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Hey everyone,

I am in the middle of my fist project that involves dovetailed drawers. I have gotten all of my joinery cut and I am getting ready to glue up the drawers. I am wondering when I should prep the inside of the drawers for finishing? If I plane them or sand them significantly, I'll end up rounding over the tails and pins and I'll no doubt have gaps everywhere. I scraped them last night, avoiding the tails and pins, and was planning on 220 real quick today on the inside faces before glue up. The outside faces are easy to do afterwards, but the insides not so much. I am wondering if I should have prepped the insides before I even started cutting any joinery. How do y'all who do dovetail drawers go about this process?

Thanks
 

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When I build a project that involves a few drawers, or a lot, usually the drawers are the last thing I make..I fit them to the carcass once it's complete….No matter if you use dovetails, box joints, or wahtever method you use, I would NOT put any finish on the inside of the drawers…I just sand all parts smooth with 220 or 320, and once that is done, then I add the drawer fronts, wheather overlays, or flush….If you put any kind (no matter what kind) of finish on the inside of the drawers, the smell will take forever, if it finally does, to go away…Final: Sand all parts smooth, intall drawer fronts, and finsh the outside of the project only…...That's what I do, but you can do what you want to….Just warning you about the odor that will be there a long time…...
 

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I do things differently than Rick I sand at least the inside of the drawer to 180 and pre-finish them masking any areas that get glue on them(just don't use and oil base)waterborne clear coat or lacquer works fine without any lasting odor.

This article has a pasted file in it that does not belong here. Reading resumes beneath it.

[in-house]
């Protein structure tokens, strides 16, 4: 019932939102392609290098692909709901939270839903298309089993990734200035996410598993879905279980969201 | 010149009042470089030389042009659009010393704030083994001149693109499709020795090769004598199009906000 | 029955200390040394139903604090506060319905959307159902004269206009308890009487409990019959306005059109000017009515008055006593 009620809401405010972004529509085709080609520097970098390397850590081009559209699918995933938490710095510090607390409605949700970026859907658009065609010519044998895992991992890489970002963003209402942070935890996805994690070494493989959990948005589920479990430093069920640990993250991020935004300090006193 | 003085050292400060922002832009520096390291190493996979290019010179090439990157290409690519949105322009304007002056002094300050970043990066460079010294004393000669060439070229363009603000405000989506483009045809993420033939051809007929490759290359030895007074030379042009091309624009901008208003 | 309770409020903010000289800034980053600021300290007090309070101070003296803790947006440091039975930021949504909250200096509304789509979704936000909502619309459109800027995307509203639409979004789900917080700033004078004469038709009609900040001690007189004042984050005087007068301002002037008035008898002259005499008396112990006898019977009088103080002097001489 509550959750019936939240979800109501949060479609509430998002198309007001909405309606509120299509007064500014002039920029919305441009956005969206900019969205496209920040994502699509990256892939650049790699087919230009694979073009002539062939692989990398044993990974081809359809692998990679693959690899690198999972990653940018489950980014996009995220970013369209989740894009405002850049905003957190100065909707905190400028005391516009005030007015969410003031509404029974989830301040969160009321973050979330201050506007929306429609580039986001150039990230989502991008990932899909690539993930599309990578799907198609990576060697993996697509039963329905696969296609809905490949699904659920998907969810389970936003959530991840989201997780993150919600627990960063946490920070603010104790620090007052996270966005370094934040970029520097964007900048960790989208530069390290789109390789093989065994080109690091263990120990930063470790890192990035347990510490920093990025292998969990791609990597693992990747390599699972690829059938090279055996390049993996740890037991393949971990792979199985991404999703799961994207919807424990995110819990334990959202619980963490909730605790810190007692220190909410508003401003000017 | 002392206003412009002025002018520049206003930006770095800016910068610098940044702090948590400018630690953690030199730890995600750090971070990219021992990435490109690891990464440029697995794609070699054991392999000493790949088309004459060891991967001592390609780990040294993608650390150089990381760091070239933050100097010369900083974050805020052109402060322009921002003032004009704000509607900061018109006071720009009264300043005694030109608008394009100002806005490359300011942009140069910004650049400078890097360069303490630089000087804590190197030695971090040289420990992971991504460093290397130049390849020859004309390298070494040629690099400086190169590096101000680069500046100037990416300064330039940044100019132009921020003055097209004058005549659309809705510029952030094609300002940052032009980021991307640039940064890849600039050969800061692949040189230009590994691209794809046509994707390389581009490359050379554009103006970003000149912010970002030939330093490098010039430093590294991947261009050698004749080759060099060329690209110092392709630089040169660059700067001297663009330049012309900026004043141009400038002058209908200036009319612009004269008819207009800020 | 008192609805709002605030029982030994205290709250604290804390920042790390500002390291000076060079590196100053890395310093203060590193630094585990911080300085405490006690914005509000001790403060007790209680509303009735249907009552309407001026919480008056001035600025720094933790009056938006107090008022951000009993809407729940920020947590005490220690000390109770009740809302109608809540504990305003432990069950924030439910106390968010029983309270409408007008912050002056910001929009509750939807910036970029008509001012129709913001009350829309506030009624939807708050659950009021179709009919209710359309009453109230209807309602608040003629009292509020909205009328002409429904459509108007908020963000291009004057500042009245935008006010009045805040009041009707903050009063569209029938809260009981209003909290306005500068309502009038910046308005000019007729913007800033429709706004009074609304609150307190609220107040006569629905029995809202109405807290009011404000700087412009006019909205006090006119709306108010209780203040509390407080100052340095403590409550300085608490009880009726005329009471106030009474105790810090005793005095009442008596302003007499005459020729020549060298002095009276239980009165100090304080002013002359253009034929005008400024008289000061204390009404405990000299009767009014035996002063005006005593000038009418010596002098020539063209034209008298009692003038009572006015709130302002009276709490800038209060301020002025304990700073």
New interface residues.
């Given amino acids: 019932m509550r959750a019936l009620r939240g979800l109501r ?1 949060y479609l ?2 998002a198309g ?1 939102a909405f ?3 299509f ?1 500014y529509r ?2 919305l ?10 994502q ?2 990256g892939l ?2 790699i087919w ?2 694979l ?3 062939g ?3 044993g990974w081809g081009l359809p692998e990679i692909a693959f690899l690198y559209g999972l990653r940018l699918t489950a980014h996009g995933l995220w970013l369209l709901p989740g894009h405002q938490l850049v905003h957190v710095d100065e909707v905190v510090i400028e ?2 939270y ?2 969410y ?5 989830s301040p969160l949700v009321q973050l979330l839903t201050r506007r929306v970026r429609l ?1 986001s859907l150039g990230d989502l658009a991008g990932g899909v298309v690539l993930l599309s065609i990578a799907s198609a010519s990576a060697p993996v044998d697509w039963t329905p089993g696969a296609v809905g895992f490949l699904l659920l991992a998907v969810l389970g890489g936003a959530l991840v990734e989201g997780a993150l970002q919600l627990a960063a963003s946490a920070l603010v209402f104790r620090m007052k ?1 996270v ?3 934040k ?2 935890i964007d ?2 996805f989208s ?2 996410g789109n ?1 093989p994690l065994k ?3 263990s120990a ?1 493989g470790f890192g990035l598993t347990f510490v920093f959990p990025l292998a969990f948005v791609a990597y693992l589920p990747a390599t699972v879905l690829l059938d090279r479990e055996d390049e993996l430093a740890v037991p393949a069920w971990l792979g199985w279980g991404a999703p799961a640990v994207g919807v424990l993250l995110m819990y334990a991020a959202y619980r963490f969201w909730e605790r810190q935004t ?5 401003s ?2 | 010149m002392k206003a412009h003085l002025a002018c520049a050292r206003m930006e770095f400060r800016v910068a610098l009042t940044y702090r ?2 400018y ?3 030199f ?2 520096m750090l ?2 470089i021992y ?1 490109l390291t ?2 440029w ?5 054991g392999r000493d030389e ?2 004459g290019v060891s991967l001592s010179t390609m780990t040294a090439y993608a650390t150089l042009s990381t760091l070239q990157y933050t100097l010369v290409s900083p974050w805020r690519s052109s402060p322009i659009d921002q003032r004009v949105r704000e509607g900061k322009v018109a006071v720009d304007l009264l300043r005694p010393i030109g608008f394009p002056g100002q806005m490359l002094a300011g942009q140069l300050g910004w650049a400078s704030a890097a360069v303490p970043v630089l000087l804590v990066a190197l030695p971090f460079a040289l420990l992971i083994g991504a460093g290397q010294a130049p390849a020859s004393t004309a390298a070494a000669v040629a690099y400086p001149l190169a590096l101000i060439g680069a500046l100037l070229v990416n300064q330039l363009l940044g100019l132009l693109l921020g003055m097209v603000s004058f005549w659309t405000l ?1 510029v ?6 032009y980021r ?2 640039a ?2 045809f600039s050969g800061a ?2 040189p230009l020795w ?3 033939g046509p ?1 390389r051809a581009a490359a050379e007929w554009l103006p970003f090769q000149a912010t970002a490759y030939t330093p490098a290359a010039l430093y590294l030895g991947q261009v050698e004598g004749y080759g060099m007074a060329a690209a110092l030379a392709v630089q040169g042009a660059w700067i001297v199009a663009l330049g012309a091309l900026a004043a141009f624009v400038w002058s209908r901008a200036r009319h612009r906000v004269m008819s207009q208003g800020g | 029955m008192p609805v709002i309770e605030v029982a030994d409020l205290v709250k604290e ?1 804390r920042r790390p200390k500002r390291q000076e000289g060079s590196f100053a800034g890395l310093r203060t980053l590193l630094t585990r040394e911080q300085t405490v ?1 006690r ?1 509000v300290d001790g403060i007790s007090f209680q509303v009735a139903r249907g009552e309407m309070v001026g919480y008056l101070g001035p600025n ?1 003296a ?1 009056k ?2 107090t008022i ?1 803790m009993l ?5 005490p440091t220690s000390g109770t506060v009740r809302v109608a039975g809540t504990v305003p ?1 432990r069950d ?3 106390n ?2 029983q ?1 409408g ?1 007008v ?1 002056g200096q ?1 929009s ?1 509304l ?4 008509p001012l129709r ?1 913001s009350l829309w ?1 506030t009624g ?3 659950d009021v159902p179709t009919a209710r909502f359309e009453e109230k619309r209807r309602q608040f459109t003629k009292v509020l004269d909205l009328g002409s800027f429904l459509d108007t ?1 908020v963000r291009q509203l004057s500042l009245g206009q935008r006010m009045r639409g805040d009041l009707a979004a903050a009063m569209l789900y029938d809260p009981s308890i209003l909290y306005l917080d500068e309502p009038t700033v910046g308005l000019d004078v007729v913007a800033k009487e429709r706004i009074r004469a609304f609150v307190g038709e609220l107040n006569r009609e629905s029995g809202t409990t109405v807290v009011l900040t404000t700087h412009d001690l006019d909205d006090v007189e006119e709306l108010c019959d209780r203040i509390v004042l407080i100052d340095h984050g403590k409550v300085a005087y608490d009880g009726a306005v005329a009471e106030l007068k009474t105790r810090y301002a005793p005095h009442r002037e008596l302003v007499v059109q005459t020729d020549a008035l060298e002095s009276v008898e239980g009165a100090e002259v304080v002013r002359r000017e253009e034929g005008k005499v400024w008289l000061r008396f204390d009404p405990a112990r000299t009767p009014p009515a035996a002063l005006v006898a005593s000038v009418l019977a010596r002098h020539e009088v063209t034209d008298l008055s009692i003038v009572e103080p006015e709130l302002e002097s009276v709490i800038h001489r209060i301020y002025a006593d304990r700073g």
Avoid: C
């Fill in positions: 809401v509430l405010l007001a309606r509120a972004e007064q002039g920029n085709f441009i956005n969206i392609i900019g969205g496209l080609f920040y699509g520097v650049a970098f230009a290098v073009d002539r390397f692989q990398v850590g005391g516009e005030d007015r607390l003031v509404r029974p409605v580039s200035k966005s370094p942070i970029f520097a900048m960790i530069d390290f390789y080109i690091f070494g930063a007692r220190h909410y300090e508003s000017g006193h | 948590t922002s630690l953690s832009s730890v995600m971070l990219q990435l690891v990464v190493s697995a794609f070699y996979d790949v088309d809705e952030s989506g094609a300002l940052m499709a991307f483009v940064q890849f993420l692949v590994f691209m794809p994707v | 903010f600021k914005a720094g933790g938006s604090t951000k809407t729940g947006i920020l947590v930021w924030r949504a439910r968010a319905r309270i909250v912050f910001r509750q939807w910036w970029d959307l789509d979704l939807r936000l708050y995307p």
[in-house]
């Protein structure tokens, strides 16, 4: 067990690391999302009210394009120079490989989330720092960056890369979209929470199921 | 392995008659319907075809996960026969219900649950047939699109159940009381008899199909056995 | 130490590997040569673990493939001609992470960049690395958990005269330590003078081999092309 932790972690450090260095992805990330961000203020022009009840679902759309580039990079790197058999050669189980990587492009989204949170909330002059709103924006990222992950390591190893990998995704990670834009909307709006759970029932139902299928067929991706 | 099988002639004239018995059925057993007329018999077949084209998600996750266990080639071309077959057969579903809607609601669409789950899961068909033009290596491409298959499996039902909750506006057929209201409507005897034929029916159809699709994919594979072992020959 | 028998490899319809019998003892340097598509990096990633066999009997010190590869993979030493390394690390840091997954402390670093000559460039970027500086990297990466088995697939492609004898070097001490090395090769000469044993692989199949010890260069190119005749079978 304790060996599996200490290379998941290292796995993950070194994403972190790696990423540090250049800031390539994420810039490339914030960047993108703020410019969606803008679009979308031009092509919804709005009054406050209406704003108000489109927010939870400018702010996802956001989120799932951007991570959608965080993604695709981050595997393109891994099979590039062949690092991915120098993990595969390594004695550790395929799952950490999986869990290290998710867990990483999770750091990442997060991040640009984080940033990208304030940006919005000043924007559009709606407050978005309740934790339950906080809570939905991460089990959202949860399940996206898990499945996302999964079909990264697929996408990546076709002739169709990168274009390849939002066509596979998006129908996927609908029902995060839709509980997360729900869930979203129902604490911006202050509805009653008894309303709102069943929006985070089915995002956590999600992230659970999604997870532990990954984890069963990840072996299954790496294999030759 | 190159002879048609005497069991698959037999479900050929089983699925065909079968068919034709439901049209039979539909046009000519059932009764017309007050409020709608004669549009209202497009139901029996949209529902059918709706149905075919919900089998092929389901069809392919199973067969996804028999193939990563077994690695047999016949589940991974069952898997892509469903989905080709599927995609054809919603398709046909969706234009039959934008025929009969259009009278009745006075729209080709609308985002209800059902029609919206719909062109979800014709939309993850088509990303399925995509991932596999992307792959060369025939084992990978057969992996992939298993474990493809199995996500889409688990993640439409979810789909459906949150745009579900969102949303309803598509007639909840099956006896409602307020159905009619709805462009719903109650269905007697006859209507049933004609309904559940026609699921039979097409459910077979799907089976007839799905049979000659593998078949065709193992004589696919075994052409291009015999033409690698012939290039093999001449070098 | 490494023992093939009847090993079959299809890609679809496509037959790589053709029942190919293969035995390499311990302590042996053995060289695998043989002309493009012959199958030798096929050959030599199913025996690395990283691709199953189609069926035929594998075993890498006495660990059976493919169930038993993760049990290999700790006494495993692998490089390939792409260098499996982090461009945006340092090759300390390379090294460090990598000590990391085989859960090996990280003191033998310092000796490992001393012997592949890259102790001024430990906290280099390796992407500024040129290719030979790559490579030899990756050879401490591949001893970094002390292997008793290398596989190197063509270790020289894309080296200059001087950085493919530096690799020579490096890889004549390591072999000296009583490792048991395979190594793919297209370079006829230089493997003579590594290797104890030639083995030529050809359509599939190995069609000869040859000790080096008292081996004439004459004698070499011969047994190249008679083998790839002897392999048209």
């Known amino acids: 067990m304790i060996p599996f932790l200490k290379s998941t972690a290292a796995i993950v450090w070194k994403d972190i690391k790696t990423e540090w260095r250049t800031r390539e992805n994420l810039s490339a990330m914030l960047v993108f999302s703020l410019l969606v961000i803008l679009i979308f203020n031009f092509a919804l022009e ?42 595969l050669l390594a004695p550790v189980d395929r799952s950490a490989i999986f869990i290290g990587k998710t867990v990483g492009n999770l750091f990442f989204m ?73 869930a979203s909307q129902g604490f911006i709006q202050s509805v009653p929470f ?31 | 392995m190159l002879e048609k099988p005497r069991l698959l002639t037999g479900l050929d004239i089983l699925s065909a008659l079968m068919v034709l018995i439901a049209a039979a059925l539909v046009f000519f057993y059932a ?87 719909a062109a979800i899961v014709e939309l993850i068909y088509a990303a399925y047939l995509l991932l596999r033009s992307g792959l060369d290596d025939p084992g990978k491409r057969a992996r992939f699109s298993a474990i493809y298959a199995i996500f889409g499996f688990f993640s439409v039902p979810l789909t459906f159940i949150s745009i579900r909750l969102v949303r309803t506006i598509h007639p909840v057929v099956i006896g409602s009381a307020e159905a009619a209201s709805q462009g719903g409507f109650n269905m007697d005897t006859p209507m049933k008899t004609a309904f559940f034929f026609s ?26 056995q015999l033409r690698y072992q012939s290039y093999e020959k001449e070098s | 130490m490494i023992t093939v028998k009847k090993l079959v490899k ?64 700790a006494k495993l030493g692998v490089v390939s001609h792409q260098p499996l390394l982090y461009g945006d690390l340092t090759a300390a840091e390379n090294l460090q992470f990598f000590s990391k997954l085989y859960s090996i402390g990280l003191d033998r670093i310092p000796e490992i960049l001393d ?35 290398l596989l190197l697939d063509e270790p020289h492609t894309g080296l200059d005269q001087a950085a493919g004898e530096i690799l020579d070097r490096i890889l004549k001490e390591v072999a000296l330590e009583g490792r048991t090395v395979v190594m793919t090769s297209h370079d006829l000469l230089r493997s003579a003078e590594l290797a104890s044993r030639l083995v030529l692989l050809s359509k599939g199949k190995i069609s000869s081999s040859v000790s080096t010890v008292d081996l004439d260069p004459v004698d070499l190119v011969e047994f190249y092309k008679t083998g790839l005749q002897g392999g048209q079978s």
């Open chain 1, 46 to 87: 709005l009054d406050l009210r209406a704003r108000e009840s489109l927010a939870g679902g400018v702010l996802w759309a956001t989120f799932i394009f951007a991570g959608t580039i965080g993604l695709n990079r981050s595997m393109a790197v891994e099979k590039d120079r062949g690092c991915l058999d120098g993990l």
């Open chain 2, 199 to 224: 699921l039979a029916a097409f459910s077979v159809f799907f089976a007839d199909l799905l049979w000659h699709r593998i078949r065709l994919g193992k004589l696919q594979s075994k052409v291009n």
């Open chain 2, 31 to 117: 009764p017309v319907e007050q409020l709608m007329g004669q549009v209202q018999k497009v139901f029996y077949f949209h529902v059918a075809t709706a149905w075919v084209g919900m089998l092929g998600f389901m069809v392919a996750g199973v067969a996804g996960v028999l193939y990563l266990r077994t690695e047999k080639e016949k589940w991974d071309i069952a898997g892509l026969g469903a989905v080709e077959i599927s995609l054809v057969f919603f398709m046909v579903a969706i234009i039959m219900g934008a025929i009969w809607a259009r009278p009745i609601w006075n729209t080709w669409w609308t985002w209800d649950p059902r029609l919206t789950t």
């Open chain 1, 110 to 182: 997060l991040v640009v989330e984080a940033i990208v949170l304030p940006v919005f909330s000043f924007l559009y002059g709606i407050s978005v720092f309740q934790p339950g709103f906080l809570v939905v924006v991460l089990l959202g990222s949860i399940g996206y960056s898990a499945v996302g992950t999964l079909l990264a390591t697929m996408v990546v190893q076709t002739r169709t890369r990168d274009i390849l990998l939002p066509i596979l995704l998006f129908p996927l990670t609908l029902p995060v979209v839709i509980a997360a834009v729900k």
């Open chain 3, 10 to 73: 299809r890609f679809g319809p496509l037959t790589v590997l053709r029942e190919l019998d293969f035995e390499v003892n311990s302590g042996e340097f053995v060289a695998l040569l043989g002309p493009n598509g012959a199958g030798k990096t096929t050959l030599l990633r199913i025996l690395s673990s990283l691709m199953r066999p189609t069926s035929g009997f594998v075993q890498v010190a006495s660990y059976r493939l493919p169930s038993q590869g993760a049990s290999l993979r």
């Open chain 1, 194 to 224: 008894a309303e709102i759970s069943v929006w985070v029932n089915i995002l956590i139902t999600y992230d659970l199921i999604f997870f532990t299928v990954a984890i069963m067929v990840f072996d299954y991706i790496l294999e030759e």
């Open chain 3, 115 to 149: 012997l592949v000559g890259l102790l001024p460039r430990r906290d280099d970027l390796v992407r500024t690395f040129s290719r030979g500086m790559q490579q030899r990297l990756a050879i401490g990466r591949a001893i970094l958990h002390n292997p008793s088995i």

Finishing the outside can wait until after the drawers glued up.
 

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Maybe I should have said it a little different….Like Jim, I do sand the inside of the drawer bottoms and all sides and front…before the overlays are added….I've never used laquer or any finish, although I did use poly one time years ago, and I learned my lesson on that one..Bad thing was, it was for a customer…Since then…NOT…
 

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Discussion Starter · #5 ·
Thanks for the info guys.

Rick, the drawers on this project are all one piece, as in the drawer front isn't going on later, it is already dovetailed and ready to assemble. That said, I guess I could just finish the drawer face, but does this cause moisture absorption issues with the outside being finished and the inside not? I think I'll want to finish all parts inside and out. Good to know for my next project though. Seems like this method would be great in an overlay drawer front situation, or even when the drawer sides are a light secondary wood that is different from the primary wood on the front and aren't really ornamental. This is a purpleheart jewelry box, so the I want to finish the wood so that it keeps its color.